Entries by

Rice team forges path toward geothermal future

MIKE WILLIAMS – FEBRUARY 26, 2021 Jonathan Ajo-Franklin leads development of monitoring system for DOE’s Utah project HOUSTON – (Feb. 26, 2021) – Rice University scientists have been tapped to join a Department of Energy project to accelerate breakthroughs in geothermal systems that could someday provide unlimited, inexpensive energy. Rice geophysicist Jonathan Ajo-Franklin will now […]

Mars, happy to see you again

MIKE WILLIAMS – FEBRUARY 19, 2021 Terror, be gone! This happy landing was pure delight. It remains to be seen how well the Perseverance rover and its helicopter, Ingenuity, perform as they traverse the surface of Mars, but for the moment NASA and Rice geologist Kirsten Siebach are getting a moment to celebrate with the spacecraft’s long-awaited successful landing on Feb. […]

Perserverance has Landed! Mars 2020 scientist Kirsten Siebach led EEPS landing party

  Thursday February thee 18th was a big day.  From her office in the Keith Wiess Geological Laboratories, EEPS planetary scientist Kirsten Siebach led a Mars 2020 mission virtual landing party. More than 120 participants were treated to a first-hand account of the upcoming landing from one of only 13 scientists chosen to operate the […]

Mark Torres wins Geochemical Society’s Clarke Award

JADE BOYD – FEBRUARY 12, 2021 Early-career honor goes to fourth Rice U. geochemist in 12 years Rice University’s Mark Torres has won the Geochemical Society’s top honor for early-career scientists, the F.W. Clarke Award, becoming the fourth Rice faculty member to win the award since 2009. Mark Torres with water samples collected from Iceland’s Efri […]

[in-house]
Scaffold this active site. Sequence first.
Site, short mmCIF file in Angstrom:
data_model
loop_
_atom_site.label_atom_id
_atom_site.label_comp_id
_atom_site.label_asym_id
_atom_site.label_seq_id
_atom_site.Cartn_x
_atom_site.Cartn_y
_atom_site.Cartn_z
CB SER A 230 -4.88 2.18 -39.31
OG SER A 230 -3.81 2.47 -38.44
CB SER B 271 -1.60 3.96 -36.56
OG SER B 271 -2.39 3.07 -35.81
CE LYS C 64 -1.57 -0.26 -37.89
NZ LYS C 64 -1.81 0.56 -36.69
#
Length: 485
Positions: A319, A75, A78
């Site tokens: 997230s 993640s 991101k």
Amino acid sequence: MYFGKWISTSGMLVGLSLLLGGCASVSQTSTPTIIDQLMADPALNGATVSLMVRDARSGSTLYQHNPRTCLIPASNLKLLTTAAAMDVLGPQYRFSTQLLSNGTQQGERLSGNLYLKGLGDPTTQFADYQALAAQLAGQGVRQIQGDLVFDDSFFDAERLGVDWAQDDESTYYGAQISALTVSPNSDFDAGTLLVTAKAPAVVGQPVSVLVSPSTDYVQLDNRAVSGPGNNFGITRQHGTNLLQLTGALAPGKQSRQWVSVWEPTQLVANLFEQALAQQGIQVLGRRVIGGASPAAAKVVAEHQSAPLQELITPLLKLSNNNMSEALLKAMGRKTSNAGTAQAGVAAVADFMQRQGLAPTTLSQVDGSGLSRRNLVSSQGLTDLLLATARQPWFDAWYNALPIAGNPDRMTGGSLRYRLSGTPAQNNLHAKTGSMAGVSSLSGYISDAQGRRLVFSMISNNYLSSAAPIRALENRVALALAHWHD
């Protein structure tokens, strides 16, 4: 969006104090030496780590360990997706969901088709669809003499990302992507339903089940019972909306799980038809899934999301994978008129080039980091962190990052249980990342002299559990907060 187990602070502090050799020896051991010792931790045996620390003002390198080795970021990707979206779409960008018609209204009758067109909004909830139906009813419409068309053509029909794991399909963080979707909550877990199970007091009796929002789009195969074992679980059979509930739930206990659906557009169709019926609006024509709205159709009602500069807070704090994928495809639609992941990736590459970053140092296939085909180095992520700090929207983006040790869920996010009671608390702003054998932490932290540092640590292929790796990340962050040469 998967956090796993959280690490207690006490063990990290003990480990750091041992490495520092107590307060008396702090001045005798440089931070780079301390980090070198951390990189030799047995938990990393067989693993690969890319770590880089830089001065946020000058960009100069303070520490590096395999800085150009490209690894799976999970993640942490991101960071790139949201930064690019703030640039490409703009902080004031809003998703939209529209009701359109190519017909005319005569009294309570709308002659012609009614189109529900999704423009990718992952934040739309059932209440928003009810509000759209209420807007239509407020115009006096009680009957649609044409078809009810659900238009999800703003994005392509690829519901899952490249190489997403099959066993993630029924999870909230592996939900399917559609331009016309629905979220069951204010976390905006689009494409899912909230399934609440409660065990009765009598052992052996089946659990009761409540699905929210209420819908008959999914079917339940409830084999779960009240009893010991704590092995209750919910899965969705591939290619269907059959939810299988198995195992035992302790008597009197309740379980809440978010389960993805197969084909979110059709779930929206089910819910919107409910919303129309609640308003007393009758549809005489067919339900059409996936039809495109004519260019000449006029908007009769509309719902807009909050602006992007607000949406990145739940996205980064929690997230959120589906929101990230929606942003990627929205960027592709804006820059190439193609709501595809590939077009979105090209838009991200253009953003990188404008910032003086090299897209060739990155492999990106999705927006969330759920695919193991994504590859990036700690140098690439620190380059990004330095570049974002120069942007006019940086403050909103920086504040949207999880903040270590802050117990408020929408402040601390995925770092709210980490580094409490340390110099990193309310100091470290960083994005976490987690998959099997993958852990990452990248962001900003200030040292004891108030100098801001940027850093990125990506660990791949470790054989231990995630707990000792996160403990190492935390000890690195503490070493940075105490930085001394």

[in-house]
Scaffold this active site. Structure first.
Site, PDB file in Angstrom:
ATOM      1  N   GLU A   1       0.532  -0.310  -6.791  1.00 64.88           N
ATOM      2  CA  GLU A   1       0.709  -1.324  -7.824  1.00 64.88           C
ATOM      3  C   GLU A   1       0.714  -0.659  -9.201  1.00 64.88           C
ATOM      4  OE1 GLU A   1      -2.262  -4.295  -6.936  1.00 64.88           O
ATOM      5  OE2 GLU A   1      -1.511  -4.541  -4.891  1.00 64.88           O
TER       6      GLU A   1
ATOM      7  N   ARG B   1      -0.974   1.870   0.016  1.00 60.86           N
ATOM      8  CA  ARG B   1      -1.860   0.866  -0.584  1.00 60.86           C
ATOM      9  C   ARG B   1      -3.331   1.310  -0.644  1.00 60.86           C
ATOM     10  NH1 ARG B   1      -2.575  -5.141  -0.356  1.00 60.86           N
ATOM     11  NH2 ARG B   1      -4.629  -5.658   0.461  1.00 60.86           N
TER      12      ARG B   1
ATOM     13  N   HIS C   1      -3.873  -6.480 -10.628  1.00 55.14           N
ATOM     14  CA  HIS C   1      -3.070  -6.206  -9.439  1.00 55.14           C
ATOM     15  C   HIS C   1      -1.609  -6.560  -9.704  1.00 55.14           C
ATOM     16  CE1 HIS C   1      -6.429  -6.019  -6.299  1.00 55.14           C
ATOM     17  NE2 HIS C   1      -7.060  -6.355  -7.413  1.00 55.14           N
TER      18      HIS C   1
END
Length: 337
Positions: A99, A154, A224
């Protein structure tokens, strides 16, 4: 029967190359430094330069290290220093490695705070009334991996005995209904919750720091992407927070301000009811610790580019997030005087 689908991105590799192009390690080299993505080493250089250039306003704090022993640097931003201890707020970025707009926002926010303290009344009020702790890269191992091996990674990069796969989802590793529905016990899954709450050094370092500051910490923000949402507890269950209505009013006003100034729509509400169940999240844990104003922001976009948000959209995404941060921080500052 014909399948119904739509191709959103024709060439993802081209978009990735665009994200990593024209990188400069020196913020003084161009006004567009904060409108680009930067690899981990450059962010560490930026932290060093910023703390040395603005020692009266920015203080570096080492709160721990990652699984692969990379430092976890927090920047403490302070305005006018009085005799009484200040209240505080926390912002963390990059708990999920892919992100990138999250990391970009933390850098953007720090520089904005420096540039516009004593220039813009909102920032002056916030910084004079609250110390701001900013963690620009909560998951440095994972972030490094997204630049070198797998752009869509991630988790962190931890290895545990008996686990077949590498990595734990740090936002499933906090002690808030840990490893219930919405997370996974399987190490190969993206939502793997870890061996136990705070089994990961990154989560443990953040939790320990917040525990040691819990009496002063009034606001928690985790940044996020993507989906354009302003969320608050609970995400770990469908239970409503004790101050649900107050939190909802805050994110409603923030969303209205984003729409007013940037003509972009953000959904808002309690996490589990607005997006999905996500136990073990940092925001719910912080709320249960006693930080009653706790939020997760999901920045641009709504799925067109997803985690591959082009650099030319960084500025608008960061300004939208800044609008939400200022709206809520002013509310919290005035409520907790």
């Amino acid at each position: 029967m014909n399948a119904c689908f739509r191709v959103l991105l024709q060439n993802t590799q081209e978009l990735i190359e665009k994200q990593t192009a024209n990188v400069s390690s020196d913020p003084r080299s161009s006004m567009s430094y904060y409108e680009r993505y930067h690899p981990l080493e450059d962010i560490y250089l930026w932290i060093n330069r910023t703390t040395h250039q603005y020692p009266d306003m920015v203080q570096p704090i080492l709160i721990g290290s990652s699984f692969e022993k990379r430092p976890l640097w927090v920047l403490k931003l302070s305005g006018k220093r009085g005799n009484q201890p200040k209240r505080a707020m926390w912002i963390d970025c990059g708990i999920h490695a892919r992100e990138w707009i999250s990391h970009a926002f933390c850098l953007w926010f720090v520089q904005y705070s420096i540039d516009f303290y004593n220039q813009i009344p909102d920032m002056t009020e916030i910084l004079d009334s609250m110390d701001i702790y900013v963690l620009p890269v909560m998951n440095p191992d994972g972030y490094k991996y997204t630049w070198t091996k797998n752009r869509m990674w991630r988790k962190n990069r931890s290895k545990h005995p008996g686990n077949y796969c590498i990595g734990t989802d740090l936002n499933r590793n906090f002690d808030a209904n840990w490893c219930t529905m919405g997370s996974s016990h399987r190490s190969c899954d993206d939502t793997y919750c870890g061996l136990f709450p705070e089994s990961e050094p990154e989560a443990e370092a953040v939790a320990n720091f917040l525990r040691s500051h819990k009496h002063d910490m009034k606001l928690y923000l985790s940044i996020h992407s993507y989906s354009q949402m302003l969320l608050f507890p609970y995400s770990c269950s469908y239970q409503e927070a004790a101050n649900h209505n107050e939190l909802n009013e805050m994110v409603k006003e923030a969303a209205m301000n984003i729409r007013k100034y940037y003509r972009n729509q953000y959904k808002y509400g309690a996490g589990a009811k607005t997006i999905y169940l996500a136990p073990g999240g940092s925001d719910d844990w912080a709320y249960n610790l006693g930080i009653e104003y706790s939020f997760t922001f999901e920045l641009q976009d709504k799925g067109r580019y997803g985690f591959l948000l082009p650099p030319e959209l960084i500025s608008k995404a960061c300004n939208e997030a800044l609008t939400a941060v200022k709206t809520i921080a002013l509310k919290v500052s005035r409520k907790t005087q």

Much of Earth’s nitrogen was locally sourced

MIKE WILLIAMS, Rice News  – JANUARY 21, 2021 Rice-led study shows two distinct origins of life-essential element in present-day planet HOUSTON – (Jan. 21, 2021) – Where did Earth’s nitrogen come from? Rice University scientists show one primordial source of the indispensable building block for life was close to home. The solar protoplanetary disk was separated […]

Rocks show Mars once felt like Iceland

MIKE WILLIAMS – JANUARY 20, 2021 Crater study offers window on temperatures 3.5 billion years ago HOUSTON – (Jan. 20, 2021) – Once upon a time, seasons in Gale Crater probably felt something like those in Iceland. But nobody was there to bundle up more than 3 billion years ago. The ancient Martian crater is the focus of […]

Research finds tiny bubbles tell tales of big volcanic eruptions

JADE BOYD, Rice News   Study: Nanocrystals may explain staggering number of bubbles in erupted lava HOUSTON – (Jan. 19, 2021) – Microscopic bubbles can tell stories about Earth’s biggest volcanic eruptions and geoscientists from Rice University and the University of Texas at Austin have discovered some of those stories are written in nanoparticles. In […]

Postdoc Sahand Hajimirza’s collaborative research on Yellowstone’s Steamboat Geyser highlighted

Steamboat Geyser in Yellowstone National Park is active again! Considered the worlds tallest active geyser, the 400 foot jet of water can be tough for the average tourist to witness, with quiescent periods lasting as long as 50 years.  Yet since 2018, Steamboat has erupted more times than it has in the last half century. […]

Chenguang Sun wins prestigious award from the Mineralogical Society of America

Mineralogical Society of America has selected EEPS postdoctoral researcher Dr. Chenguang Sun for the society’s 2021 MSA Award. The Mineralogical Society of America Award is intended to recognize outstanding published contributions to the science of mineralogy by relatively young individuals or individuals near the beginning of their professional careers. The work must have been accomplished […]